5 Tips for strengthening your qualitative research and writing

Qualitative research methods allow investigators to go beyond merely counting how often something occurs or with how many individuals. Rather, they provide insights in to how or why certain actions are taken or the ways in which people interact with or interpret their lived experiences. This added richness can be critical to forming effective interventions to create behavior change, which is common in not just health and medicine but educational practice as well. Yet, many researchers are hesitant to journey into qualitative research beyond a few open-ended survey questions, due to concerns about qualitative research lacking the rigor and validity of quantitative studies. Although there are many approaches to qualitative research and the accepted norms for conducting and writing up this type of research can vary according to your academic discipline, the following five tips can help provide a solid foundation for starting your qualitative journey. [Read more…]

Jumpstart your writing productivity this fall: Join the TAA Writing Gym

Writing GymFlex your writing muscles in the TAA Writing Gym! This 6-week work-out-on-your-own gym time will serve as your writing accountability partner as you work to achieve your writing goals. The gym is open to those writing textbooks, scholarly journal articles, and dissertations.

Here’s what previous Writing Gym participants have had to say:

“The presentations are very inspiring. Over the last two weeks, I managed to complete and submit a manuscript that I stopped working on for 3 months now and to start the outline for my textbook.” – Andrea McDonald, Ph.D., Assistant Professor, Prairie View A&M University, Department of Health and Kinesiology [Read more…]

Manuscript matchmaking: Finding a home for your article 

With so many options, finding the right home for your manuscript can seem daunting. However, with a few useful tools, you can quickly and confidently locate publication venues appropriate for your work. In this article, you’ll be introduced to two such tools: Scopus Sources and the Web of Science Master Journal List.

Free to use, Scopus Sources allows authors to search for publications indexed in Scopus, an abstract and citation database from Elsevier. Scopus Sources is easy to search. Once you’ve performed a simple keyword search at the top of the page, you can refine your result list further by utilizing the limiters on the sidebar. For instance, you can limit by the open-access status of a publication, minimum number of citations, minimum number of documents, and by specific types of publications (such as journals, conference proceedings, etc.). [Read more…]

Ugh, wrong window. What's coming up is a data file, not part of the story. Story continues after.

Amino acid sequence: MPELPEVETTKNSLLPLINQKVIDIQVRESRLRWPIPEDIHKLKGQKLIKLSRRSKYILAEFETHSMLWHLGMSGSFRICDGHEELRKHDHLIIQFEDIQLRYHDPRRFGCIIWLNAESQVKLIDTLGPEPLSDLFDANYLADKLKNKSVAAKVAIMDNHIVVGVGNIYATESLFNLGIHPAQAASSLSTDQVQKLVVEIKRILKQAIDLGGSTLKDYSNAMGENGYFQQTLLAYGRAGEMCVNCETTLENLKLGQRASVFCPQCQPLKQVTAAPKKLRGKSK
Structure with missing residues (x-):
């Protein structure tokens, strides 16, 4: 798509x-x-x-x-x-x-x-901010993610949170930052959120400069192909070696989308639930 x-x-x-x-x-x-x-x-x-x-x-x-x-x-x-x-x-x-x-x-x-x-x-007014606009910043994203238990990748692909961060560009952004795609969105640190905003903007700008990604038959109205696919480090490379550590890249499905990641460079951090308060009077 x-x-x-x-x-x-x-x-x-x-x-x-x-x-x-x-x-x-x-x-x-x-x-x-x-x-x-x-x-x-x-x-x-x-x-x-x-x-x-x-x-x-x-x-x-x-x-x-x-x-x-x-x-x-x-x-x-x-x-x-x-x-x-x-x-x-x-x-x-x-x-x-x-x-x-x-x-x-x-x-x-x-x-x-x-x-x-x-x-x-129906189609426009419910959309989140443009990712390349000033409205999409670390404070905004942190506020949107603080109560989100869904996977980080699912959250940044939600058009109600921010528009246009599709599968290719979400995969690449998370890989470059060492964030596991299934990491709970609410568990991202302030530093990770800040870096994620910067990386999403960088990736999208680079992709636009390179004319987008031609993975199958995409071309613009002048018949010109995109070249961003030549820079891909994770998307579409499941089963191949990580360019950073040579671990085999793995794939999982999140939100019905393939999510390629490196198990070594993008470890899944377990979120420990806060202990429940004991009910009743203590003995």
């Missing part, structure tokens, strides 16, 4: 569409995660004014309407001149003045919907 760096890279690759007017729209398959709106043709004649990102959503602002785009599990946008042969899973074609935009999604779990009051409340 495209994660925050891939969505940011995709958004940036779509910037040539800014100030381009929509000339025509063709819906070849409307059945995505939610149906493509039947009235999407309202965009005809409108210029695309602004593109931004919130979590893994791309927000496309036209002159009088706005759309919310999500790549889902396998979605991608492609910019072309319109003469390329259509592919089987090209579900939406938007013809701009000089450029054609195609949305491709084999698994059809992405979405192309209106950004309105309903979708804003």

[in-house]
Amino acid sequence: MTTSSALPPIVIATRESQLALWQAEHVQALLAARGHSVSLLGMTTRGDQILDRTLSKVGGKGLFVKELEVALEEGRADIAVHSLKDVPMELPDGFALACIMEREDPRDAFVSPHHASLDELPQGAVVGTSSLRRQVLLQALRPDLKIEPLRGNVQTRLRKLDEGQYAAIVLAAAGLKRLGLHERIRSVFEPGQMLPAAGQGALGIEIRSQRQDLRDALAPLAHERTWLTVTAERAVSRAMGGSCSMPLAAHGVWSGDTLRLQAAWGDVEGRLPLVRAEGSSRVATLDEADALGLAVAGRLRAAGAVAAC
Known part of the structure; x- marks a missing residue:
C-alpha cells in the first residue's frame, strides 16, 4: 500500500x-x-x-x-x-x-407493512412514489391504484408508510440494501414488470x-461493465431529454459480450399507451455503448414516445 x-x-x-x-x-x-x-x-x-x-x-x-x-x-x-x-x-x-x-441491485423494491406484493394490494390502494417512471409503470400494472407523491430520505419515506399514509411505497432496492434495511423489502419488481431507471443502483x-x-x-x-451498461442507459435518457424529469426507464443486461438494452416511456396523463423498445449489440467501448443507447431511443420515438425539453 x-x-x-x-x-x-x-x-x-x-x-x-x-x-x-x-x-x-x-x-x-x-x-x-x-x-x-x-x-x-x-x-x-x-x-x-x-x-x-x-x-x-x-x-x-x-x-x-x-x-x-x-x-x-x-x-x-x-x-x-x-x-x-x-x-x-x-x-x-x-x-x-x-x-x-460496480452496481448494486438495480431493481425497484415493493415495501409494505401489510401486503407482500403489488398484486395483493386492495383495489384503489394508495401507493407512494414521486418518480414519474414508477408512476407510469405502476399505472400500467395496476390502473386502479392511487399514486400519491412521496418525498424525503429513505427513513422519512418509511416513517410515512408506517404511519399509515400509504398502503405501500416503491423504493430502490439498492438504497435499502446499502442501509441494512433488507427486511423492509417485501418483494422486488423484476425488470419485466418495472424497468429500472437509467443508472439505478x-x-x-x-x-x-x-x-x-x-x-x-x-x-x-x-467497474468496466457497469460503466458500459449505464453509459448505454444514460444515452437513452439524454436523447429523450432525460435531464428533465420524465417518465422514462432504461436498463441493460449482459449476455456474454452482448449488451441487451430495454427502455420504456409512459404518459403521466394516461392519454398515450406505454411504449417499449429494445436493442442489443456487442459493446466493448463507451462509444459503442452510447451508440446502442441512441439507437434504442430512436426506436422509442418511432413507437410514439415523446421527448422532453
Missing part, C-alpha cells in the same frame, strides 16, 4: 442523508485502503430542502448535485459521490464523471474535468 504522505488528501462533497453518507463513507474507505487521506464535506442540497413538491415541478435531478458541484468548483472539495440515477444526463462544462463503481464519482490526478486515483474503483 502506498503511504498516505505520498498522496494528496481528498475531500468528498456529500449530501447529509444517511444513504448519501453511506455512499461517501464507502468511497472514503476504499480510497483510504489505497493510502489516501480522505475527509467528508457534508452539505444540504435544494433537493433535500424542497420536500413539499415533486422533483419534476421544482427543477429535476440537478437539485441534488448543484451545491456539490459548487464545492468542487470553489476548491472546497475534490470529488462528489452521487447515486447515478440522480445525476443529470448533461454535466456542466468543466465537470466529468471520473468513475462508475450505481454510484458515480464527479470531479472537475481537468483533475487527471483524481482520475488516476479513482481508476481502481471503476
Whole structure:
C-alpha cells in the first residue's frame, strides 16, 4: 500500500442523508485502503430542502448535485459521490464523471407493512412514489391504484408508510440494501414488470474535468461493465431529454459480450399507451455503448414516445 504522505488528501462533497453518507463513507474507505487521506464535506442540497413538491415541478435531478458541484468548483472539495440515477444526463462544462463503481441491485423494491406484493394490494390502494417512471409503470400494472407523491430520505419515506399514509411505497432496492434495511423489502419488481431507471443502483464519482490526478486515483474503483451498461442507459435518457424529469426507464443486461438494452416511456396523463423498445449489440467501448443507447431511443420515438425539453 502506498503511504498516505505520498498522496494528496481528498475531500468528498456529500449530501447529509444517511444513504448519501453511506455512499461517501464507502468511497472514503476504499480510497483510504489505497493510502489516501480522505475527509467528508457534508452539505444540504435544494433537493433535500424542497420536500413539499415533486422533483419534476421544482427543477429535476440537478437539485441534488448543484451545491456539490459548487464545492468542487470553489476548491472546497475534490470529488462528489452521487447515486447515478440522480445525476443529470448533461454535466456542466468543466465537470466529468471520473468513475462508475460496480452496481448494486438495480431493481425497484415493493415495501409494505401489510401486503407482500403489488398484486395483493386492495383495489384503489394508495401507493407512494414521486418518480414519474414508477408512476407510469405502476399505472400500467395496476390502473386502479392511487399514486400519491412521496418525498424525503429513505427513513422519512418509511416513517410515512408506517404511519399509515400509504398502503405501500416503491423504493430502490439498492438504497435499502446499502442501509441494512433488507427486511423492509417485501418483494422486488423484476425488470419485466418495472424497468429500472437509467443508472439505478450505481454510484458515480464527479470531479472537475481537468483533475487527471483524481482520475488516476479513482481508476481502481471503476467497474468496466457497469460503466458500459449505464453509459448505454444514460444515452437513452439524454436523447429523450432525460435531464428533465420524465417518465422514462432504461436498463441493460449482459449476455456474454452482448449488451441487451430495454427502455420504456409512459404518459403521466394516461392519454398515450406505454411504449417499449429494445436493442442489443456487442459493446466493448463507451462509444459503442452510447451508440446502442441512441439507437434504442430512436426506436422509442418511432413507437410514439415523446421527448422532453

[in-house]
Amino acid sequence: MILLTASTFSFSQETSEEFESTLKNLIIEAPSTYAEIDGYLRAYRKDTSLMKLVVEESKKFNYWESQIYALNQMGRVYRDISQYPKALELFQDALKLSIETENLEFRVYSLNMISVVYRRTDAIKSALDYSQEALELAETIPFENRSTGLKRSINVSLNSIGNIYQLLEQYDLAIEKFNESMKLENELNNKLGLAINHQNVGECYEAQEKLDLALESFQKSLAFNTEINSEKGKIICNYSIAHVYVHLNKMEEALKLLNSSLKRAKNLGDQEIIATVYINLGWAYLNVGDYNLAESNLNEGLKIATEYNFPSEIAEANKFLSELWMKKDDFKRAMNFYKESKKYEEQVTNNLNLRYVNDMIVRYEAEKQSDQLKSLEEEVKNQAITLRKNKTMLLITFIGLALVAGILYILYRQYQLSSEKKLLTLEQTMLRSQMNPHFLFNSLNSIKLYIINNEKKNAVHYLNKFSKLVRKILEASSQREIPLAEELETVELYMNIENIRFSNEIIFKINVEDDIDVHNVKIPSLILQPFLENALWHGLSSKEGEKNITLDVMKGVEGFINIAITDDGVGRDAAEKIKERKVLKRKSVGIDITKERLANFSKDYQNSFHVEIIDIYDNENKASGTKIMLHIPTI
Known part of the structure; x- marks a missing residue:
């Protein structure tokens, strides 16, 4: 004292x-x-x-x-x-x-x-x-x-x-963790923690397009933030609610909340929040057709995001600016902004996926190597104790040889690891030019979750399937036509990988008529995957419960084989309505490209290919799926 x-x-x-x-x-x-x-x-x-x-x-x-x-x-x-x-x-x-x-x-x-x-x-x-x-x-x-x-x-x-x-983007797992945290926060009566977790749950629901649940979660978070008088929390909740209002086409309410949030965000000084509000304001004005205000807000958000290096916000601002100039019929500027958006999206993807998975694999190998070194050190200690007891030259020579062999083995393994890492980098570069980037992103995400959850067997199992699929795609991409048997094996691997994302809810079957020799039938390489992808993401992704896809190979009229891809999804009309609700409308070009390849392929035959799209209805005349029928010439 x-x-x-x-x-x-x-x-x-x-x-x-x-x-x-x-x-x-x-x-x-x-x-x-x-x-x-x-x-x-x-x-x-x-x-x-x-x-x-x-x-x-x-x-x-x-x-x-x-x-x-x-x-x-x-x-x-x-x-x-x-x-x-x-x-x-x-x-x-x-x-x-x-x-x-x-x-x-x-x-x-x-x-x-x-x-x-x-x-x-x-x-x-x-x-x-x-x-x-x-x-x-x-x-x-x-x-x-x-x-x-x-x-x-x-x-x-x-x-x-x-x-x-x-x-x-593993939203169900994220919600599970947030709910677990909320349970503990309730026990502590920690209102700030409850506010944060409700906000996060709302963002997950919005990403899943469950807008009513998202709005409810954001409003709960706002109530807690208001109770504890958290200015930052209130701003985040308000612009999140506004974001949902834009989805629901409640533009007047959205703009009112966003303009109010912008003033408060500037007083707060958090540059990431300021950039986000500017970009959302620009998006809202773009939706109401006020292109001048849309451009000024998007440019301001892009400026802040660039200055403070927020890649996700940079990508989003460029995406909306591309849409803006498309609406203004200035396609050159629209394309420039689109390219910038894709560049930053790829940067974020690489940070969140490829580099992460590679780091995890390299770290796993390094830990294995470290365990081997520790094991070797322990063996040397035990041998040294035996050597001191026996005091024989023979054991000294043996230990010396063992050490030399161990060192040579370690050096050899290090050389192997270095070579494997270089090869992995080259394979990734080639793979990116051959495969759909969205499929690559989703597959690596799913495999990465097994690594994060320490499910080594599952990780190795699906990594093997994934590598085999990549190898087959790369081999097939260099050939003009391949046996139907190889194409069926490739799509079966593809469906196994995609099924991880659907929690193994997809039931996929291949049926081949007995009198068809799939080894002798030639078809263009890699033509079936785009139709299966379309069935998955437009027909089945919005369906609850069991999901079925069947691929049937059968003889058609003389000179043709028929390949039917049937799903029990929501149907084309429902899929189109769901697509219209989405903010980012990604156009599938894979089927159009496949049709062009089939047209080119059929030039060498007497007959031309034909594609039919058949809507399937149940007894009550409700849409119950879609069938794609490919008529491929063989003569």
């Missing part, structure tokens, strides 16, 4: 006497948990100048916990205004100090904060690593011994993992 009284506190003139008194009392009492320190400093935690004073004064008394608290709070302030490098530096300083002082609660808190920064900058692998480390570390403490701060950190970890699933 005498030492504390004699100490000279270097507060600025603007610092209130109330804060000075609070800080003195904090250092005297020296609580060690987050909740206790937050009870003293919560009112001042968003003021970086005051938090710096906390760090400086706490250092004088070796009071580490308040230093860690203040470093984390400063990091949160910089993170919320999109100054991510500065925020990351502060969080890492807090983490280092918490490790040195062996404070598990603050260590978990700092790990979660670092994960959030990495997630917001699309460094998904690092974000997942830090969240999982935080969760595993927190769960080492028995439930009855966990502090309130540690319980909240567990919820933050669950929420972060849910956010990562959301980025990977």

Copyright, Covid, and the Virtual Classroom

CopyrightWith the fall semester fast approaching, faculty are intensively preparing for the 2020-2021 academic year, in the face of continually changing information and circumstances. A number of our higher education clients have had questions about copyright issues relating to the transition of traditional in-person classes to online or hybrid formats. We have also been reviewing software agreements for various services that allow institutions to shift more of their offerings online. Here we discuss four common issues we have encountered. Although the answers are seldom black-and-white, we thought it would be useful to share some of the questions and possible approaches to them:

1) When can copyrighted third-party materials (including text, photographs, video, and music) be used without permission or licenses in online teaching activities? Can college libraries scan and provide digital access to print reserve materials? [Read more…]

TAA’s 2021 Conference Call for Proposals Is Open

TAA announces a Call for Proposals for its 34th Annual Textbook & Academic Authoring Conference which will be held June 18-19, 2021 in Indianapolis, IN. We invite the submission of presentations relevant to writing, publishing, and marketing textbooks and academic works (textbooks, academic books, journal articles, and monographs). Interactive, hands-on sessions are encouraged. The proposal deadline is October 7, 2020.

The conference will be held at the beautiful Conrad Indianapolis, a 5-Star hotel boasting a premier downtown Indianapolis location just two blocks from the capitol. A highly interactive event, the conference will be attended by authors and aspiring authors of textbooks, journal articles, and other academic works, as well as by industry professionals from across the country.

Topics of interest include, but are not limited to:

  • Time Management and Writing Productivity
  • Promoting Social Equity in Textbook and/or Academic Authoring
  • Publishing Industry Updates & Trends
  • Navigating Copyright and Permissions
  • Savvy Contract and Royalty Negotiating & Monitoring
  • Marketing Your Works and Creating Your Brand